Sunday, November 20, 2011

The Jobs Bio

I just finished the Walter Isaacson biography of Steve Jobs. Seems like everyone in the blogosphere has analyzed every sentence in the book, so I won't do that.

Instead I viewed the book as a trip down memory lane. The Apple II was my second computer and while I never owned a Mac you can't avoid them in the CS community. My family has by now gone through a dozen or so iPod/iPhone/iPad devices.

The biography opens up the curtain and you get to see the man behind these devices. Jobs was not a computer scientist or even a computer engineer. He was a designer who understood computers enough to make them beautiful and make them work better. His simplicity sometimes goes too far, I like the context-sensitive menus from a right mouse button and often double click the one button on my iPhone instead of single click or vice-versa.

I found myself least interested in Jobs' personal life, most of the problems he dealt with were of his own doing. He wasn't a nice guy and often got upset with people who don't share his values. But he also knew how good technology should work and we're better off for it.

I love reading biographies of successful people, you really get to see a fuller picture both the good and the bad. Walter Isaacson's book is rather unique, rarely do we get such a complete picture so soon after his untimely death.

If Steve Jobs isn't your thing, try Isaacson's bio on Einstein instead, another great read.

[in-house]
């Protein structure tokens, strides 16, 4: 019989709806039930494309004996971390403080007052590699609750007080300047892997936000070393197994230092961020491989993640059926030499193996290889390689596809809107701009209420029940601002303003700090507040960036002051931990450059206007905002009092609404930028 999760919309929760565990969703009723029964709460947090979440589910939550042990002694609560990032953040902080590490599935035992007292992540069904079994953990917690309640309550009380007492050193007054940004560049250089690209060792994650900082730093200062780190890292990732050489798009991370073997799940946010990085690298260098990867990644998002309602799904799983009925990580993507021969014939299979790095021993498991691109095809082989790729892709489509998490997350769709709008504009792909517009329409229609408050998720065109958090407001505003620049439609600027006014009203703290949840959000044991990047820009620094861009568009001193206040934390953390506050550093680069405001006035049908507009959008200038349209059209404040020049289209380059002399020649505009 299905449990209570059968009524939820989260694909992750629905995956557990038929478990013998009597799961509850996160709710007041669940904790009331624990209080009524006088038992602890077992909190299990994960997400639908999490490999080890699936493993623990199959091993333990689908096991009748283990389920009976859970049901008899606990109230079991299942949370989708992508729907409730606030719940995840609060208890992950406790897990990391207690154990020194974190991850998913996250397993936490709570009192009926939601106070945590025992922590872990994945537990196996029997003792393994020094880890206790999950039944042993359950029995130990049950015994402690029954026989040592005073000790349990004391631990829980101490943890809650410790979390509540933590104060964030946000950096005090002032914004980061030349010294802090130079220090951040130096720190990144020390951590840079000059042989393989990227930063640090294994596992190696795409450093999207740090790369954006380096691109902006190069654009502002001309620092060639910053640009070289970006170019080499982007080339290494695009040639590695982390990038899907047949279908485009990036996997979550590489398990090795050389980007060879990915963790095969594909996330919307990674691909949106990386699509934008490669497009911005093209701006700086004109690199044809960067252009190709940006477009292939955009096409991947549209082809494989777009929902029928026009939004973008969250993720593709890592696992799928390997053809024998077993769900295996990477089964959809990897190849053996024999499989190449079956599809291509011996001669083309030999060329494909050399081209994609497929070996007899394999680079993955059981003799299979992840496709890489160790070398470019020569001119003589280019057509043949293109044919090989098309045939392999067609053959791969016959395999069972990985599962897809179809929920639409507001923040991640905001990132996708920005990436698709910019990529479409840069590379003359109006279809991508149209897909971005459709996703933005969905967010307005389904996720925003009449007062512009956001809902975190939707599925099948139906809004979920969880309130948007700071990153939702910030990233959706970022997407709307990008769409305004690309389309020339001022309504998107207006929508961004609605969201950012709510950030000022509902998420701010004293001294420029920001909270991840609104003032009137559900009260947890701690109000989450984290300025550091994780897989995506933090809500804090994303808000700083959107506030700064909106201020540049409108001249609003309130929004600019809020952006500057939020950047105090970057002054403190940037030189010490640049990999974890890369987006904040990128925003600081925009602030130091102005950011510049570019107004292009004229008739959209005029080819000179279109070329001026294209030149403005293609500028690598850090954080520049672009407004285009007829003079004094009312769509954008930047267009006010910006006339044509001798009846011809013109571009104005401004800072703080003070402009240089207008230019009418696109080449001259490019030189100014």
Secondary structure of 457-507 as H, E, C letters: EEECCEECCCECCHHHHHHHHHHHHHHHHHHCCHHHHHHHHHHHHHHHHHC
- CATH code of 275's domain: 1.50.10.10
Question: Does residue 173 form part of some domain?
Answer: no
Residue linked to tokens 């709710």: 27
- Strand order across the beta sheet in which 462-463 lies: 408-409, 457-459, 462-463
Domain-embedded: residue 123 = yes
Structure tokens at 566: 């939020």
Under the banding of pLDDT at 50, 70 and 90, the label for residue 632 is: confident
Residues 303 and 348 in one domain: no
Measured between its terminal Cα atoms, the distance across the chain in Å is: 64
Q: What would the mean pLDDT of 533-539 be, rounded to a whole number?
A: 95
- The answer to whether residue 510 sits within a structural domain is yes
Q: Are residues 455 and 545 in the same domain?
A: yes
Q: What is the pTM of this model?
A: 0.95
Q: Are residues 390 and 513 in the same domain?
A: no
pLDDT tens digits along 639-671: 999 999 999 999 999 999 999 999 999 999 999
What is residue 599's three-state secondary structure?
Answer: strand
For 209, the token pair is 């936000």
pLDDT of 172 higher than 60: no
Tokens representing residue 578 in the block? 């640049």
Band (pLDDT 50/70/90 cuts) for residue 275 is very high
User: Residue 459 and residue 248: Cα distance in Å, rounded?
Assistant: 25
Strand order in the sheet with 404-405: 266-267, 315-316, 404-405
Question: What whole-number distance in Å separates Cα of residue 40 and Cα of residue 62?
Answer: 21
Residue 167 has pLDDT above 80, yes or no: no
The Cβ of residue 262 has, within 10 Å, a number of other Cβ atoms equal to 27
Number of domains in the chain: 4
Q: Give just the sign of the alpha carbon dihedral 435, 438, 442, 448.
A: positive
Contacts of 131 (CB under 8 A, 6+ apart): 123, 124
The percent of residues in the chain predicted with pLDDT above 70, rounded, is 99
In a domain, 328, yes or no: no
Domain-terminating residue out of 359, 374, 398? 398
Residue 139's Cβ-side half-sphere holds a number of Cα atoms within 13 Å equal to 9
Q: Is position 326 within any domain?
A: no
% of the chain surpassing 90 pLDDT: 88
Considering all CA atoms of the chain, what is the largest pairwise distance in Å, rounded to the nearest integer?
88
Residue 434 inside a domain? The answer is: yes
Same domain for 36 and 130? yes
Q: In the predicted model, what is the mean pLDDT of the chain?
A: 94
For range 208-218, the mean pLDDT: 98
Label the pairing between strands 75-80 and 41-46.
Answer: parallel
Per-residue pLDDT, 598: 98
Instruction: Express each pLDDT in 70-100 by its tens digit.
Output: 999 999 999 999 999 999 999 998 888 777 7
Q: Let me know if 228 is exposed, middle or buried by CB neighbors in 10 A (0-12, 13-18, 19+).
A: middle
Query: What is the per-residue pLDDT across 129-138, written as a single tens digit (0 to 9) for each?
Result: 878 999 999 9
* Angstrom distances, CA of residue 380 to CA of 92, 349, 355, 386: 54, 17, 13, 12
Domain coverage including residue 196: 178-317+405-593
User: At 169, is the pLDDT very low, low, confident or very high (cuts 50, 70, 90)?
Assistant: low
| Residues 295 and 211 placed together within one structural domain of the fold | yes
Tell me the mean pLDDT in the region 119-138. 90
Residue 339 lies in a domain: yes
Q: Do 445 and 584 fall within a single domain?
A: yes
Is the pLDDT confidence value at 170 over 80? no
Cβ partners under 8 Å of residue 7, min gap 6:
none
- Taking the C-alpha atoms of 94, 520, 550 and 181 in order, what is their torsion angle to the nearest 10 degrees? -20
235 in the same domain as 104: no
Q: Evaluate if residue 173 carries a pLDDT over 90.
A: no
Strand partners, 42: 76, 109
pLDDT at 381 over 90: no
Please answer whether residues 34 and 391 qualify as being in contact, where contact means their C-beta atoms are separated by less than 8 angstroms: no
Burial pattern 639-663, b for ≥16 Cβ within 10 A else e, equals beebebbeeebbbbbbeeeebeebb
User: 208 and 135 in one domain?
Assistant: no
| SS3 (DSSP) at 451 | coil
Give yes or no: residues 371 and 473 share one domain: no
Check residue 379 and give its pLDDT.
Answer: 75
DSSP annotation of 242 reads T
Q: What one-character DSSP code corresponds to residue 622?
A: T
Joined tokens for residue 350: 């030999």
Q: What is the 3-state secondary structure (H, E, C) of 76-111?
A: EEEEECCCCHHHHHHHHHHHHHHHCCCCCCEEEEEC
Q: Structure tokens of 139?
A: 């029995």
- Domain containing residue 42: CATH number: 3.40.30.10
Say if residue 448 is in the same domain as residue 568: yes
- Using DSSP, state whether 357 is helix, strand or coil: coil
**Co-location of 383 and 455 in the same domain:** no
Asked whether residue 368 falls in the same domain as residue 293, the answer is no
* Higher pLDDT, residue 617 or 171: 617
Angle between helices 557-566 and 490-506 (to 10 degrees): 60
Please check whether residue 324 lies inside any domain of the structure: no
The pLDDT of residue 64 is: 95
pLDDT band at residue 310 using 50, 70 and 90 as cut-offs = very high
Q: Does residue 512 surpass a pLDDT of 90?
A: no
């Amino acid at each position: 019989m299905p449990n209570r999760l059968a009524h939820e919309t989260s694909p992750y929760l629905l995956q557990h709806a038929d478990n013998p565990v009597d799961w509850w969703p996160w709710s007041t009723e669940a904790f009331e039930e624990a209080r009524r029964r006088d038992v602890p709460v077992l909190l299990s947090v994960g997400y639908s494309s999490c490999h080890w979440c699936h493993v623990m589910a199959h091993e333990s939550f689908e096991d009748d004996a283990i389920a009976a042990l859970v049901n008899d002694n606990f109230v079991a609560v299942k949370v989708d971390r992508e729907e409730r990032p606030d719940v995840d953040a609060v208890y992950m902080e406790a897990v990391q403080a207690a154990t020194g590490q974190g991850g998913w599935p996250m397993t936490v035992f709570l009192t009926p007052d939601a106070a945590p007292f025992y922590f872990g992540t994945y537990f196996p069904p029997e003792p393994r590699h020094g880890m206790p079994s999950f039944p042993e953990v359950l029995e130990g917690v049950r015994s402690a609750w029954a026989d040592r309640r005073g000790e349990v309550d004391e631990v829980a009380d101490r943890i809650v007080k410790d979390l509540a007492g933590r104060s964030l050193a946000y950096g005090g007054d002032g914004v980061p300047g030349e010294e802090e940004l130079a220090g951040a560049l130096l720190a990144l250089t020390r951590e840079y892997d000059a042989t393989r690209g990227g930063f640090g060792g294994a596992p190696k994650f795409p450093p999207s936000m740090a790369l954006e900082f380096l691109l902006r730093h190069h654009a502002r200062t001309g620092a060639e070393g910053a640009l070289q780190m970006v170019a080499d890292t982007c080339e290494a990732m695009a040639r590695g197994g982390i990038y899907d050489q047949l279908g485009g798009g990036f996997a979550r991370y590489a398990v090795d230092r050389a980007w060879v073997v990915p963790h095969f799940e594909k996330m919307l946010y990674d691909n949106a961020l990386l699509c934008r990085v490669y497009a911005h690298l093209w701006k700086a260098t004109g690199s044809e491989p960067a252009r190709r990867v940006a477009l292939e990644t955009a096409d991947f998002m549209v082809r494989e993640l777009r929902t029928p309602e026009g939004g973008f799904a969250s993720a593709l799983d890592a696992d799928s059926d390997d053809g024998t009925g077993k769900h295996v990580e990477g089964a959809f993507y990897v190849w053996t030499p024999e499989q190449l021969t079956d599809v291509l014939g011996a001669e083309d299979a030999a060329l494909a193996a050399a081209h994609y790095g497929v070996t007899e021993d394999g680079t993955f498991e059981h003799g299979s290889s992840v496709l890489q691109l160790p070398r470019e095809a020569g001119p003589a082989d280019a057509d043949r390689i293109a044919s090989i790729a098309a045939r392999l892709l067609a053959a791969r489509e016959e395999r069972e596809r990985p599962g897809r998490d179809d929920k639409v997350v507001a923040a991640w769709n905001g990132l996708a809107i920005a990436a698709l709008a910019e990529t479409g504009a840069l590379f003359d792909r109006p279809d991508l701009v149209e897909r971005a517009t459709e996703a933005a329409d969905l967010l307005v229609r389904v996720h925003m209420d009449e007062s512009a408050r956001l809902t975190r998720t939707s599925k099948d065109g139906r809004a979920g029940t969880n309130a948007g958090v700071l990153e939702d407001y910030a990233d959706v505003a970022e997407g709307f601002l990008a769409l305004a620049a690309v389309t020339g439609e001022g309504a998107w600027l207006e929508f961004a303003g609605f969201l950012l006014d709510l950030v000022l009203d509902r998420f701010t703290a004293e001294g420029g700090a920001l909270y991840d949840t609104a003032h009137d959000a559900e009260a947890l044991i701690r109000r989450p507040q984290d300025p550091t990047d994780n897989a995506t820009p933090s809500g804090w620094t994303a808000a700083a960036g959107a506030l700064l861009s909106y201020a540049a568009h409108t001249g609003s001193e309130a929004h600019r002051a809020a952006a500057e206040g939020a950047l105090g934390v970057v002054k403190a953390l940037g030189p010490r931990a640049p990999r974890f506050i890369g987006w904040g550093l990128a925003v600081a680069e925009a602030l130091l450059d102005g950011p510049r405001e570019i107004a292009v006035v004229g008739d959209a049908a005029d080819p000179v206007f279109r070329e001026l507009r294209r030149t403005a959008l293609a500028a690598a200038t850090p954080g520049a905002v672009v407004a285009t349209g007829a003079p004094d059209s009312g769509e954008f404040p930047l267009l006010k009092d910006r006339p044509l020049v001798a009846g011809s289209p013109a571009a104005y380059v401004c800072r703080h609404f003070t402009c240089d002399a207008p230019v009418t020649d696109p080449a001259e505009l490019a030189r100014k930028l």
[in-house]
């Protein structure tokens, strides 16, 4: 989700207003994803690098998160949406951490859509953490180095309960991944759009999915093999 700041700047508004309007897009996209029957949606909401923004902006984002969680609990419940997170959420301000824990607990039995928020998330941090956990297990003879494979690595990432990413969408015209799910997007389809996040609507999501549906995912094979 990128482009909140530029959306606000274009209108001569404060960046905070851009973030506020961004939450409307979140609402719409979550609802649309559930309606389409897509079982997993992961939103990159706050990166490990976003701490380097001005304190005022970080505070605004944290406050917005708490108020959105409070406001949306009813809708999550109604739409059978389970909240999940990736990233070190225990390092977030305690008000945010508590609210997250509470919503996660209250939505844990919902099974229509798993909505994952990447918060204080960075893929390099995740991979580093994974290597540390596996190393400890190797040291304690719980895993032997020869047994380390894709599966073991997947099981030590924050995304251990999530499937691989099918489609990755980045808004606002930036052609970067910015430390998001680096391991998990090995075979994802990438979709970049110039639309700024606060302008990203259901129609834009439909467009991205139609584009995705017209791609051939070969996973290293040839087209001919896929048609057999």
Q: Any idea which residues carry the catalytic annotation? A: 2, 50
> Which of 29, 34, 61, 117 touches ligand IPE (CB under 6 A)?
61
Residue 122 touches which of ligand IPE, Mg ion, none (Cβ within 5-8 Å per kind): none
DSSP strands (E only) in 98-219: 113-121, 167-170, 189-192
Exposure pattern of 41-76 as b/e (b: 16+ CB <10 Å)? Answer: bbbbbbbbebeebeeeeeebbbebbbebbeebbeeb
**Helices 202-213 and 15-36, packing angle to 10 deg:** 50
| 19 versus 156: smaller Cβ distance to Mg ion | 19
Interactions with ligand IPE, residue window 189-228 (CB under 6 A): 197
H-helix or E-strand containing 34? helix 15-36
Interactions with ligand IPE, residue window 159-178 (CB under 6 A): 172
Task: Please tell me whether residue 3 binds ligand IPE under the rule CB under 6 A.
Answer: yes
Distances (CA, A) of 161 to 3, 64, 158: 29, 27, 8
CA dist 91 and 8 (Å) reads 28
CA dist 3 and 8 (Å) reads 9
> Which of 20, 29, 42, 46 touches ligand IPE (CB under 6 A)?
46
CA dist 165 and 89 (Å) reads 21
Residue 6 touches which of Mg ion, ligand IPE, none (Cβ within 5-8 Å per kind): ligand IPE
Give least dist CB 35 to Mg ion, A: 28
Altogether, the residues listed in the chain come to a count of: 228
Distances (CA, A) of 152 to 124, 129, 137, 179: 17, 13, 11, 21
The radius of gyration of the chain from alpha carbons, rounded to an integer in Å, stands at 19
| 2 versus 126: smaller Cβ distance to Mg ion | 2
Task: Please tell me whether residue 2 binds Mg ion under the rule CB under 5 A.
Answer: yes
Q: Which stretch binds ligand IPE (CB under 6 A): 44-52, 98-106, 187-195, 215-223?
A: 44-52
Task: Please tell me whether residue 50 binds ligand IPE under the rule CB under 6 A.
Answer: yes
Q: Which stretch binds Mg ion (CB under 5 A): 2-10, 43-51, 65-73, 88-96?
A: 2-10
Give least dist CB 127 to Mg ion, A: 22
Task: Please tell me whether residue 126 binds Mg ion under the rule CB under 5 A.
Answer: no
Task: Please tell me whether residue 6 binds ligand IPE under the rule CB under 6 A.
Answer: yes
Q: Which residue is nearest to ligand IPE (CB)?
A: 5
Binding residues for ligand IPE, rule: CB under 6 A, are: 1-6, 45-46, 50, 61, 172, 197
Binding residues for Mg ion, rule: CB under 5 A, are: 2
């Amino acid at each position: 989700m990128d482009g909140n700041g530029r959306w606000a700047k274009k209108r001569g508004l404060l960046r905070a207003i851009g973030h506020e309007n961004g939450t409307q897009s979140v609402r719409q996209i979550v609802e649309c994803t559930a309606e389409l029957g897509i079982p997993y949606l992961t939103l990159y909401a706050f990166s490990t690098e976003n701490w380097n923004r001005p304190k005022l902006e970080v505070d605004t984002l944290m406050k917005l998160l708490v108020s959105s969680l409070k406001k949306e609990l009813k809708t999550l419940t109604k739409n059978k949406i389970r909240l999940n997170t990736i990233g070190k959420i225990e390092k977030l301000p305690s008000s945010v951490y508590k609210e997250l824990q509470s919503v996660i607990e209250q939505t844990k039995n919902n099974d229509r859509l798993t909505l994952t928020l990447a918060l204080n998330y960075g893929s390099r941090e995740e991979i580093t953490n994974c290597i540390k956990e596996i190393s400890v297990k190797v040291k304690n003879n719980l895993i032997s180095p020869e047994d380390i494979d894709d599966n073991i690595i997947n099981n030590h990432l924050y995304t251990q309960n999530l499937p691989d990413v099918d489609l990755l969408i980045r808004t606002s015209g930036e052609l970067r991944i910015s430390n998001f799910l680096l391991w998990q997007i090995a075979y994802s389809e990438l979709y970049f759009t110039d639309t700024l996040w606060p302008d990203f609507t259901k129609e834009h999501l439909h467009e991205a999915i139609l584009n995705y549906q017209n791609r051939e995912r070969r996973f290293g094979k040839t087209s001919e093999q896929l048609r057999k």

1. In honor of Steve Jobs, my two sons and I booted up our old Mac Classic this weekend (1MB of RAM, OS 6.1, and a 40 MB BackPc HD).

    Amazingly, after 18 years sitting in a closet, that old Mac Classic booted up and ran flawlessly -- a tribute to Apple's engineering -- and all the games were still fun to play. Apple engineering rules! :)

  2. I heard that the Apple ][ (yes, it's written with brackets) had much of the design philosophy of the other Steve, Wozniak, which is why it had for example several extension slots (a rarity for that pre-PC time, and not in line with Jobs's design philosophy).

  3. Lance, your concluding remark was:

    [Steve Jobs] knew how good technology should work and we're better off for it.

    This suggests a natural response to Oded Goldreich's essay "On the status of intellectual values in TOC" (which you tweeted about).

    Namely, let Steve Jobs (or people sharing his values) peer-review all TOC articles and research proposals. The thesis being ...

    [Steve Jobs] knew how good TOC should work and we're better off for it.

    For sure, the TOC of the ensuring 21st century "Jobs Era" would be "The TOC for the rest of us." :)

  4. Dear Admin..Can you help me please? i have a question like this:
    show that RAM computation model is equivalent to DTM (Deterministic Turing MAchine.
    Thank you.

    Paul-Timor Leste